Will A Defendant Be Automatically Given A No-Contact Order In A Domestic Violence Case?
I cannot remember a domestic violence case where a defendant was not automatically given a no-contact order, except in scenarios where legal counsel was present at first appearance the following day after the arrest. The complaining witness was present, and the complainant was willing to offer testimony at first appearance that he or she wished to have contact with the defendant. Sometimes, if the complaining witness can get to pre-trial release services before first appearance, that will be sufficient to prevent a no-contact order. Generally, the better course of action is for legal counsel to be prepared to argue for bond which is reasonable in terms of the dollar amount, and for conditions such as contact that are reasonable at first appearance. It’s reasonable to argue that a defendant should be released on bond for a domestic violence offense and that since the complaining witness desires to have contact with the defendant, then the court should allow all contact that is non-violent.
One of the biggest tragedies of domestic violence litigation is that anybody can make a complaint against another person, alleging some form of domestic or dating violence. The other party is literally kicked out of their own home and has to go back to their place of residence with the law enforcement officer to gather personal effects. They must leave and have no-contact with the other party. There have been multiple cases where the law enforcement officer is escorting the defendant back to the property and the defendant is getting the personal effects together and the complainant is telling the escorting officer, “Hey, I want to have contact, can’t you do anything?” The law enforcement officer usually says something to the effect of, “Well, contact the State Attorney. I’m just doing my job and I can’t do anything. I am not working on this case, I am just here to escort the defendant.”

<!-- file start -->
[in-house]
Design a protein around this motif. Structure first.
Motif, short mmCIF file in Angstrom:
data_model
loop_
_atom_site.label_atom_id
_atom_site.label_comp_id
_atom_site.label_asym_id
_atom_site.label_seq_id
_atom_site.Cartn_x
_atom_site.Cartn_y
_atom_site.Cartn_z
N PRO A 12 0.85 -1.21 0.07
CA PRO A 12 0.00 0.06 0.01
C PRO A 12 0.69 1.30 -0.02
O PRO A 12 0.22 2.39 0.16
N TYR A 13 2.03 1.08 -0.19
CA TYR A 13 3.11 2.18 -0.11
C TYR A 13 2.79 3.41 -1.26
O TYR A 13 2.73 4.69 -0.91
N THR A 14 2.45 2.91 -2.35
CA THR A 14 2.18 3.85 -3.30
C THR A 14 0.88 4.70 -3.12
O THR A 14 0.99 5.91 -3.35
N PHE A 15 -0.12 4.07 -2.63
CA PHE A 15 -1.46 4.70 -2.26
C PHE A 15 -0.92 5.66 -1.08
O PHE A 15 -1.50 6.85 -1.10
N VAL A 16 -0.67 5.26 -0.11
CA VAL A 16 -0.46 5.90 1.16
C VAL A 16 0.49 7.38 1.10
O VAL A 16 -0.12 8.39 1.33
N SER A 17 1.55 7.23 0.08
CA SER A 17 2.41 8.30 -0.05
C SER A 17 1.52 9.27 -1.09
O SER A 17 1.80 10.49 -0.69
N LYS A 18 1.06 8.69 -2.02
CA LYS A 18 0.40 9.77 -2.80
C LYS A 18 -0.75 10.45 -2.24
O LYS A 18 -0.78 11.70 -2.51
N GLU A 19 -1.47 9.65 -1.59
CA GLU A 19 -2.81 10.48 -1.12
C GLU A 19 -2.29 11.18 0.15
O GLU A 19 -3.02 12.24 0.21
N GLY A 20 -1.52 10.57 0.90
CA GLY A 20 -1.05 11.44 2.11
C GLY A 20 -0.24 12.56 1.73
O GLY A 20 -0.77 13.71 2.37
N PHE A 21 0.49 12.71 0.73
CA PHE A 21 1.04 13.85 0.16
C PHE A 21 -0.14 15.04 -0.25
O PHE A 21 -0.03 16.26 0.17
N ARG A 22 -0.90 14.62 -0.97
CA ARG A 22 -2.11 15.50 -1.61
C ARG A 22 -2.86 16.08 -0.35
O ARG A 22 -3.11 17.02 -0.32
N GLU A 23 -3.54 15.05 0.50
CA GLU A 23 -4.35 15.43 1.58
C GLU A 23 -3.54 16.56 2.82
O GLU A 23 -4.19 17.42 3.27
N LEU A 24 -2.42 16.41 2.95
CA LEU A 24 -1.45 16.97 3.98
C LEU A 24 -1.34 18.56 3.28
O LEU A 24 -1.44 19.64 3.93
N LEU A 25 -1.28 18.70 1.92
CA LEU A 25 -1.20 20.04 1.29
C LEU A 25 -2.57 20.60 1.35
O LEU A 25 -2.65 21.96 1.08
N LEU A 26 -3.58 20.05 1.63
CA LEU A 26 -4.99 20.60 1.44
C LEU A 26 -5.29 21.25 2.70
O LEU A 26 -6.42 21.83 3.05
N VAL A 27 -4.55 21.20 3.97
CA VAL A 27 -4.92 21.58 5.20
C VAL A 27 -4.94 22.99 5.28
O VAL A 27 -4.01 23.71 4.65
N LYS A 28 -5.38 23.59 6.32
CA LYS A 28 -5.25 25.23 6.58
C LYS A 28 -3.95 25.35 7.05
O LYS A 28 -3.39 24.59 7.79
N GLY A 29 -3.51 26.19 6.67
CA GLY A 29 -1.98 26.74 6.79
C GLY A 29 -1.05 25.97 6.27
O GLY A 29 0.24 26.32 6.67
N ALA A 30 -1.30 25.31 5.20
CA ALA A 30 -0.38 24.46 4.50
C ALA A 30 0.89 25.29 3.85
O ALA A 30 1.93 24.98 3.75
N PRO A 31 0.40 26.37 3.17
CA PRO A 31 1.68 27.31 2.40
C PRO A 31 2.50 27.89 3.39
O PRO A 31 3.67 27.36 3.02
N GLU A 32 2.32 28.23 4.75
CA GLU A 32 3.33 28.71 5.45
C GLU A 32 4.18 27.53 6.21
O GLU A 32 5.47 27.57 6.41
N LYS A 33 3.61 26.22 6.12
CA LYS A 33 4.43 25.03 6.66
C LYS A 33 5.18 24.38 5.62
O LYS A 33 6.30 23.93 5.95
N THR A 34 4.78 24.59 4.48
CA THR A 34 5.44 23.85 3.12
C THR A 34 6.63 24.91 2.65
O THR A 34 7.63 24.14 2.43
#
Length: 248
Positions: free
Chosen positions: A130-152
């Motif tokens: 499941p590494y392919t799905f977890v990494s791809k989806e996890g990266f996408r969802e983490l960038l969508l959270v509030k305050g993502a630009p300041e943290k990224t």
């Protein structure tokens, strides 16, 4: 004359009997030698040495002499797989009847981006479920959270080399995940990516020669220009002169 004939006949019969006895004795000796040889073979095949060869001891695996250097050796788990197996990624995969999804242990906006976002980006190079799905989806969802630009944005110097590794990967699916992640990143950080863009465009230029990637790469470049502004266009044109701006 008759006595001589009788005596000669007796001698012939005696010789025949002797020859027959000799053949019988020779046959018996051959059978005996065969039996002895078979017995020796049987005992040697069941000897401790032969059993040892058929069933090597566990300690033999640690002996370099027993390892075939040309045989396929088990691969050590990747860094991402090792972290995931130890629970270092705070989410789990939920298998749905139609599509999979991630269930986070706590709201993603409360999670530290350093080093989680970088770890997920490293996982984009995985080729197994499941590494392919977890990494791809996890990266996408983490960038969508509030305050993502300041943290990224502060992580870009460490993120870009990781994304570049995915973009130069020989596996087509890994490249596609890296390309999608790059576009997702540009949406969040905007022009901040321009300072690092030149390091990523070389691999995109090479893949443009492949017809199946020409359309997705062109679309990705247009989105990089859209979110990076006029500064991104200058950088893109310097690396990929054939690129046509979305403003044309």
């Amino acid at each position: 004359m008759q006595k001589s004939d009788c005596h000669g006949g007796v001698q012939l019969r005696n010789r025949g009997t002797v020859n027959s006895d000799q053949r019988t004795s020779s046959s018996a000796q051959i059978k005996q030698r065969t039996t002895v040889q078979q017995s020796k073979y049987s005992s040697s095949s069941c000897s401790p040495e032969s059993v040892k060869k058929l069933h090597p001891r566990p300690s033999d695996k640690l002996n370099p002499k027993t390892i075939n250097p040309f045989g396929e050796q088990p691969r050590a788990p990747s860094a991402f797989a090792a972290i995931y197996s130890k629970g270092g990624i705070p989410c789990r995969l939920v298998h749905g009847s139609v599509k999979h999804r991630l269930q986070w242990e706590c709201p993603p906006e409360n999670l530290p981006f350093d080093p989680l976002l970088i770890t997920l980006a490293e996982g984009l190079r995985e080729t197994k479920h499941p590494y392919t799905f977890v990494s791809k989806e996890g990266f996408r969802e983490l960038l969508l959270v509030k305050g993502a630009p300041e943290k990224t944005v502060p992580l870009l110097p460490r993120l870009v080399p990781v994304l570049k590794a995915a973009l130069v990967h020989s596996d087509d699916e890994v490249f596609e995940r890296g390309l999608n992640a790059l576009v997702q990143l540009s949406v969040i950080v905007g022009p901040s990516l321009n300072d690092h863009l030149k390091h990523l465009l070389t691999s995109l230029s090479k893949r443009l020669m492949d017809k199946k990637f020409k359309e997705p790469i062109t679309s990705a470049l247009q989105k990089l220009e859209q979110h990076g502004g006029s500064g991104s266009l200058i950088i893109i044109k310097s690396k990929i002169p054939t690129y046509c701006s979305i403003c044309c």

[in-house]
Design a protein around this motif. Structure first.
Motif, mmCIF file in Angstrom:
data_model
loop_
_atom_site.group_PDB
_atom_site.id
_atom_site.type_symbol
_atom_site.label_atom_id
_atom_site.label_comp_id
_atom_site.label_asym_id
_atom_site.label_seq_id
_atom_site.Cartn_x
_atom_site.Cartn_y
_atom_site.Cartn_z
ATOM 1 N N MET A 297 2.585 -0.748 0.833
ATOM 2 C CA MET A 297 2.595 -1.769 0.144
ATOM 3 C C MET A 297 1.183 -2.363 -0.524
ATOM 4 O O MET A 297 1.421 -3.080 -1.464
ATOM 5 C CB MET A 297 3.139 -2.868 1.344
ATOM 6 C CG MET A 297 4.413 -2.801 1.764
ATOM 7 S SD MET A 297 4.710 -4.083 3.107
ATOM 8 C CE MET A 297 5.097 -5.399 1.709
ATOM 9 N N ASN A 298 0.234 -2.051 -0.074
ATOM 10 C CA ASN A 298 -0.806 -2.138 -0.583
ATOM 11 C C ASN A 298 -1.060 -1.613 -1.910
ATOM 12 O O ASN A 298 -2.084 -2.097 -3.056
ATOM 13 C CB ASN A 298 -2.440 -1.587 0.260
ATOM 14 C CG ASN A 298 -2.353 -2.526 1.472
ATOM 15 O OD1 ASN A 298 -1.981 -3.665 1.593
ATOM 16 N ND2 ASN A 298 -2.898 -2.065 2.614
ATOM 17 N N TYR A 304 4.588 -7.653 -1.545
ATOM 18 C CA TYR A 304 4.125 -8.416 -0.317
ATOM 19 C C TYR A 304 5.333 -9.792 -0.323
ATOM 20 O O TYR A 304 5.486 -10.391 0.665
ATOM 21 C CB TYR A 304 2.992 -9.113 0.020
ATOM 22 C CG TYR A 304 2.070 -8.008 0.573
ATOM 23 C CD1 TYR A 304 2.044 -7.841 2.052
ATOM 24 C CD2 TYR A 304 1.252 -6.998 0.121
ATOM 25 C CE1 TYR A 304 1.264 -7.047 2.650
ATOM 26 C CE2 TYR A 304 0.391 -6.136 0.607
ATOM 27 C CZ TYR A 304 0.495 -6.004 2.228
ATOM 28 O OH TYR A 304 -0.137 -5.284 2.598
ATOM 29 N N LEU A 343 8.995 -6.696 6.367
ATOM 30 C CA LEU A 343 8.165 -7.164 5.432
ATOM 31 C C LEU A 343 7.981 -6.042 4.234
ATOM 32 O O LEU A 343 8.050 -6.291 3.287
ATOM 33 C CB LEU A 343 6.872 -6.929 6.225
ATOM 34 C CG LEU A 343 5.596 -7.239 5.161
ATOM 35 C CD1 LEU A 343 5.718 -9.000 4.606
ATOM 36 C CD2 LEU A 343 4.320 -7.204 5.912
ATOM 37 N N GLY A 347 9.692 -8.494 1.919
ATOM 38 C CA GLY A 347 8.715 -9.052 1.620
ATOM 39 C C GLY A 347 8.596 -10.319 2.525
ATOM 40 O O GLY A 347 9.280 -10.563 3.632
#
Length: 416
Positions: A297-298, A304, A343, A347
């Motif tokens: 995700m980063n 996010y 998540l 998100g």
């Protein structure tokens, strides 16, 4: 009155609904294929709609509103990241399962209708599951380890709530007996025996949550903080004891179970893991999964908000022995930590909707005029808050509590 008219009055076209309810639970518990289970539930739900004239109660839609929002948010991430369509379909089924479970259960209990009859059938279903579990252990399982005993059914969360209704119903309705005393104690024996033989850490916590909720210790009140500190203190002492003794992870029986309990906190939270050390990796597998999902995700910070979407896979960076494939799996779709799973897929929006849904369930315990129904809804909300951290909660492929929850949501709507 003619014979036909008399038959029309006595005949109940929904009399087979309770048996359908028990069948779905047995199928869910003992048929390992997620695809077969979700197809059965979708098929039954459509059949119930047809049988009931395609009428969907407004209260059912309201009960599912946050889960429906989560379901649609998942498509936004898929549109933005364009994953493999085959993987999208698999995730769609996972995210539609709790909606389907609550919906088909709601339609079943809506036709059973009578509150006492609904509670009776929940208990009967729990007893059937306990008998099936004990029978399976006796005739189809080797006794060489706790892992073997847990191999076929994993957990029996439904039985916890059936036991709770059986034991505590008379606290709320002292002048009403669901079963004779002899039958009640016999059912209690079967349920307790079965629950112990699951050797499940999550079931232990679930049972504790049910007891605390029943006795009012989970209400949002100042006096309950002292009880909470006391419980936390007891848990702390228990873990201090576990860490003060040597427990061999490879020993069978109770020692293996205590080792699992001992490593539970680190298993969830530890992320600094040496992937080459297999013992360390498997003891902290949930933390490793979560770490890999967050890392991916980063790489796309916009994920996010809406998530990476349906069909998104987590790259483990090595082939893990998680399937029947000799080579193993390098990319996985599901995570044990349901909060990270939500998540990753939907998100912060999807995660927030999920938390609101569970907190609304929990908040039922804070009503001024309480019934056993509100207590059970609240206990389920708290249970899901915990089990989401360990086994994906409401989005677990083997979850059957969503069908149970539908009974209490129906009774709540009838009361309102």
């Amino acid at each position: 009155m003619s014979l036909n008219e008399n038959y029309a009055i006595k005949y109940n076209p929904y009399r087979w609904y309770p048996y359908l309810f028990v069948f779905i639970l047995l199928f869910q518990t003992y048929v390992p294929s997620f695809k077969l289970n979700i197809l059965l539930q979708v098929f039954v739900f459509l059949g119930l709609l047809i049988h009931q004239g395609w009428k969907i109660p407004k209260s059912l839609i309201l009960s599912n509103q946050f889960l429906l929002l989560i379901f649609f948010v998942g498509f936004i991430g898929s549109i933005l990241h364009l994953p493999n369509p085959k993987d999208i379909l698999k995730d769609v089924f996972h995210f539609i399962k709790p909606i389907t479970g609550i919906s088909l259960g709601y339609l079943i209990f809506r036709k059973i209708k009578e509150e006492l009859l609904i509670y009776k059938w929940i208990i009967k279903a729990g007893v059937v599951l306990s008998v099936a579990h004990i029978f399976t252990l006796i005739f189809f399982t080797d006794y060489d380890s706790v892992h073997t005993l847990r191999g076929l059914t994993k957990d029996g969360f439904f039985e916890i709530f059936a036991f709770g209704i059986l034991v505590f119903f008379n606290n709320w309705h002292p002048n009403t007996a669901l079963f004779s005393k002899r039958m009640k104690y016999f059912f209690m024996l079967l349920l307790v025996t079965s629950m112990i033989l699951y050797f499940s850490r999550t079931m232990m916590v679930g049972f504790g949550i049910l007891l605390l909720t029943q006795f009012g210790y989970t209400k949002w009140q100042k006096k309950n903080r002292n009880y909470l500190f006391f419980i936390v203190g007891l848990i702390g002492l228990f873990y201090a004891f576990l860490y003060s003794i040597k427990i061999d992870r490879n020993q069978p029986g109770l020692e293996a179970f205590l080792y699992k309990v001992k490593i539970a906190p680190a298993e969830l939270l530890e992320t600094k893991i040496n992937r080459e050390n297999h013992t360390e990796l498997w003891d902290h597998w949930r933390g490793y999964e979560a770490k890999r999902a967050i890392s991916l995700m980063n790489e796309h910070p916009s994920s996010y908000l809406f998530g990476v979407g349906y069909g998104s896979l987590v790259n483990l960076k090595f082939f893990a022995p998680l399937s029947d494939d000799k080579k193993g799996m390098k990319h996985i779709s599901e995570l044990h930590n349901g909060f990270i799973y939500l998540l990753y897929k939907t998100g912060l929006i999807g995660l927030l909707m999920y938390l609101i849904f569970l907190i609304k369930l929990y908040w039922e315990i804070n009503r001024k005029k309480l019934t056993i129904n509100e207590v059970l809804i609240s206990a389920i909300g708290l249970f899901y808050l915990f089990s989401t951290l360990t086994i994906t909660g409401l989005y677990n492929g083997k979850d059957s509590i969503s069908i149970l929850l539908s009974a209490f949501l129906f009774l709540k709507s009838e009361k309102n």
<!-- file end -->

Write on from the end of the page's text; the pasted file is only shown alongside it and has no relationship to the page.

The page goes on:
The advice to contact the State Attorney is bad advice. The best advice is contact defense counsel, who is actually on the defendant’s side. From there, the defense counsel can take care of getting a no-contact order lifted, or otherwise modify it. Generally speaking, in most circumstances, a defendant will automatically be given a no-contact order in a misdemeanor or a felony domestic violence case.
Disclaimer: This article is in response to questions frequently asked of Mr. Cobb and is an edited dictation transcript. Just like talk to text on your smartphone, there may be misspelled words or sentence fragments.